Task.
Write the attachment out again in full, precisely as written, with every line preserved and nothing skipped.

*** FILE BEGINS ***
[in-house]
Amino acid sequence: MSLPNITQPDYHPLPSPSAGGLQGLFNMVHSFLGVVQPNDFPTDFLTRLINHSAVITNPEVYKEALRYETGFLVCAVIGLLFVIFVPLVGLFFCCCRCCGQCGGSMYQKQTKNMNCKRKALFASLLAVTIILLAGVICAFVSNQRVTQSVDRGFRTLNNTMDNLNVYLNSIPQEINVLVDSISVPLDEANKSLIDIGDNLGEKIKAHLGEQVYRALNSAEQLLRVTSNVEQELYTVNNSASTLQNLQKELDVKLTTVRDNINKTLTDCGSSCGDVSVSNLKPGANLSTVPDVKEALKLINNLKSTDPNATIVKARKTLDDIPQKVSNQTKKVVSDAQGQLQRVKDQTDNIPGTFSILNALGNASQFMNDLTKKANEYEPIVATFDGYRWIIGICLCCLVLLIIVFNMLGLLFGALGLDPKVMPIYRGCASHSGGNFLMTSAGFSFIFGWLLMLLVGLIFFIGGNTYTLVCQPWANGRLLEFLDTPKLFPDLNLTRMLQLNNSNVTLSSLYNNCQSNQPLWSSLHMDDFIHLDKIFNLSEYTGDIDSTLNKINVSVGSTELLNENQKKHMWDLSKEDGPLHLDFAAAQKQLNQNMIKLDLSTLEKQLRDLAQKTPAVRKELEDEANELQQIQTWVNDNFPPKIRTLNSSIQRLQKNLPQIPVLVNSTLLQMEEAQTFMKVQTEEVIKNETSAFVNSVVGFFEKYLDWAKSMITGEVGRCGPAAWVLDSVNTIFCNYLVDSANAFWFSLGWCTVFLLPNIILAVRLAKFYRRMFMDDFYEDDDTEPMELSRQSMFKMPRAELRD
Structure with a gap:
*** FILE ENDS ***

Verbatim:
[in-house]
Amino acid sequence: MSLPNITQPDYHPLPSPSAGGLQGLFNMVHSFLGVVQPNDFPTDFLTRLINHSAVITNPEVYKEALRYETGFLVCAVIGLLFVIFVPLVGLFFCCCRCCGQCGGSMYQKQTKNMNCKRKALFASLLAVTIILLAGVICAFVSNQRVTQSVDRGFRTLNNTMDNLNVYLNSIPQEINVLVDSISVPLDEANKSLIDIGDNLGEKIKAHLGEQVYRALNSAEQLLRVTSNVEQELYTVNNSASTLQNLQKELDVKLTTVRDNINKTLTDCGSSCGDVSVSNLKPGANLSTVPDVKEALKLINNLKSTDPNATIVKARKTLDDIPQKVSNQTKKVVSDAQGQLQRVKDQTDNIPGTFSILNALGNASQFMNDLTKKANEYEPIVATFDGYRWIIGICLCCLVLLIIVFNMLGLLFGALGLDPKVMPIYRGCASHSGGNFLMTSAGFSFIFGWLLMLLVGLIFFIGGNTYTLVCQPWANGRLLEFLDTPKLFPDLNLTRMLQLNNSNVTLSSLYNNCQSNQPLWSSLHMDDFIHLDKIFNLSEYTGDIDSTLNKINVSVGSTELLNENQKKHMWDLSKEDGPLHLDFAAAQKQLNQNMIKLDLSTLEKQLRDLAQKTPAVRKELEDEANELQQIQTWVNDNFPPKIRTLNSSIQRLQKNLPQIPVLVNSTLLQMEEAQTFMKVQTEEVIKNETSAFVNSVVGFFEKYLDWAKSMITGEVGRCGPAAWVLDSVNTIFCNYLVDSANAFWFSLGWCTVFLLPNIILAVRLAKFYRRMFMDDFYEDDDTEPMELSRQSMFKMPRAELRD
Structure with a gap: